The Three Pillars of a Perfect Pop Song
“True perfection has to be imperfect” sang the British rock band Oasis, and they were right. Anything that is flawless loses its humanity. It becomes a factory product, identical to the others, and is not memorable.
In a world of shiny, polished pop music, how can you hope to make your song memorable? How can you write a perfect pop song that retains a glimpse of flawed humanity? To assist, we have created a handy guide to the three pillars of a perfect pop song.
Mastering the Melody
Without melody, no one will be humming your magnus opus or getting your earworm stuck in their brain. Melody is the element that makes people want to sing and distinguishes the notes in your voice from random sound.
Melodies comprise of a series of steps and leaps within a musical scale. These sequences of steps and leaps are then repeated, so they burn a pattern onto the brain of the listener. The key to a perfect pop song is getting this balance of repetition, along with contrast, correct.
Too much repetition and the song will be too much of the same thing. Too much contrast and the piece will sound like you have compressed an album of tracks into three minutes.
Of course, no melody is complete without a killer set of lyrics. In songwriting, as much attention needs to be given as to anything else. The language, tone and delivery can all have a marked impact of how people perceive your piece.
Feel the Rhythm
Rhythm is arguably the most important composition element. It is the only one of the three pillars that can exist on its own.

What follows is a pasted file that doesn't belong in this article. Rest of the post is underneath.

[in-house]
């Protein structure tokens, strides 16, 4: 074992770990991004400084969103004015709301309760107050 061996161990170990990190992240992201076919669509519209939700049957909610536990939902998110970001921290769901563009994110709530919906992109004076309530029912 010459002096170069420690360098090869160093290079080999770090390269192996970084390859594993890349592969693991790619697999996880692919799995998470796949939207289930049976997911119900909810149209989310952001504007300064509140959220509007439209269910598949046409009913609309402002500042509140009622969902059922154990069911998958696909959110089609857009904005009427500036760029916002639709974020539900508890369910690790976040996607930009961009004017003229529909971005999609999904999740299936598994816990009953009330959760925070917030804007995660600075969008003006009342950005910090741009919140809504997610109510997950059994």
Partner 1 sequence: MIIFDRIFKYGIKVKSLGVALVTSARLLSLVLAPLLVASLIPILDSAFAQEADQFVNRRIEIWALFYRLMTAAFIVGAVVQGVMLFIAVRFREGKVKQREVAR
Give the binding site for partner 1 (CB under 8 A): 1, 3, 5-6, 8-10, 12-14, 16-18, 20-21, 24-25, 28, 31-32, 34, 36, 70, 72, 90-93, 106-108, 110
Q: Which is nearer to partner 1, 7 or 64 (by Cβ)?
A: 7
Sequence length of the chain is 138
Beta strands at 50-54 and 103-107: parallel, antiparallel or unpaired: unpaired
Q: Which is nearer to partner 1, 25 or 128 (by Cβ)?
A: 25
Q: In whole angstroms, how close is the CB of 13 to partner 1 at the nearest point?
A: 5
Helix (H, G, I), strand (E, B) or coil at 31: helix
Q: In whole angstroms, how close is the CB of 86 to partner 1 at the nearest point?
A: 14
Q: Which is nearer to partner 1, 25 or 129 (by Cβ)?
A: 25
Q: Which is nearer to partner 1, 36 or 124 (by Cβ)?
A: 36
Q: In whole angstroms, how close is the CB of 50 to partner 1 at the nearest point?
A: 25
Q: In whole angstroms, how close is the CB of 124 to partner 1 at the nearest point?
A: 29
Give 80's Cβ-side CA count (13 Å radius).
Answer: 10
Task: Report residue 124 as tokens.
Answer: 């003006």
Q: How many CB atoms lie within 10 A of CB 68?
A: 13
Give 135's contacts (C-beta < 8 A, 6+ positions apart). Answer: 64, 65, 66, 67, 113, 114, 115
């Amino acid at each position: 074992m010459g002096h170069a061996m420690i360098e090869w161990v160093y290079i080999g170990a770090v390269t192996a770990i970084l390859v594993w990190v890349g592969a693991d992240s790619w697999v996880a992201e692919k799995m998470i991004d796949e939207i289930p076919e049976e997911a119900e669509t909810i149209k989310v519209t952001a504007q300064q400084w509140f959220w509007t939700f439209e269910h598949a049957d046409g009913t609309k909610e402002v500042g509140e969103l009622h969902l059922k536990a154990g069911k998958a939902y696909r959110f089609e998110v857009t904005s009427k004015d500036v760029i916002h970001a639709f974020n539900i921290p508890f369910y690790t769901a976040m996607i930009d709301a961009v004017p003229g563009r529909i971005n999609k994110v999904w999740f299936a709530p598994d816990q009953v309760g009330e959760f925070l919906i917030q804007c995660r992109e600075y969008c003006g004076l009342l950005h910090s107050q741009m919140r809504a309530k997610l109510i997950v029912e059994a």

Since the 1970s and the dawn of disco and hip hop, rhythm has become a more used tool as an element of popular songwriting. However, for many singer songwriters, it is still a seriously underused tool in their arsenal.
Stripping back to basics, most guitar or piano singer songwriters will start with chords or a melody, then make these the focus of the piece. Yet, rhythm can grab the attention, drawing people into your song. Listen to the track ‘Three Little Birds’ by Bob Marley and imagine it without the offbeat rhythms. Would this song be as effective, or popular, without it?
Sting is a great example of a songwriter who turns traditional songwriting on its head using rhythm. Listen to any of his work with the Police, and the focus is on the rhythmic interplay between the instruments. Although the lyrics and harmony are both exceptional, they are by no means the element that makes the music unique. That is down to the use of rhythm.
When you next sit down to compose, try switching up the rhythms a little. Play on the offbeat, or create a rhythm using the lilt of natural speech. You will soon find yourself composing something new and exciting.
Live in Harmony
Harmony is fundamental to the concept of western music, and thus, songwriting. While other world music types may use rhythm and melody (Indian Raga, Indonesian Gamelan) the idea of the chord and its family are rooted in the western classical tradition. Using it cleverly and successfully is the key to writing a good pop song.
This does not mean you have to reinvent the wheel. In fact, anything you do try will have most likely been tried before. But you should still experiment, as it will take your writing in new directions.
Try writing a song using a standard set of chords. Then drop one into the sequence that really does not belong (named the David Bowie trick) and see what you come up with. You could try looking up some jazz chords and lacing them into a piece, to get a Beatles style tinge to your sequence.
Balancing the Three
When finishing off a song, divide the time spent working on each area a percentage based on the time and effort you have given to it. If you find that one area is way down, it may help to go back and give this part a little more work.
Also bear in mind that some genres will always give more time to certain musical elements. A jazz style piece will be heavy on harmony and rhythm, while a hip-hop piece may use rhythm and the bare minimum of the other two.
Everyone has their own method of songwriting, with their own start point and process. However, too much of the same thing results in too much repetition and not enough contrast. Try a new approach, started by concentrating on another of the elements rather than your usual starting point.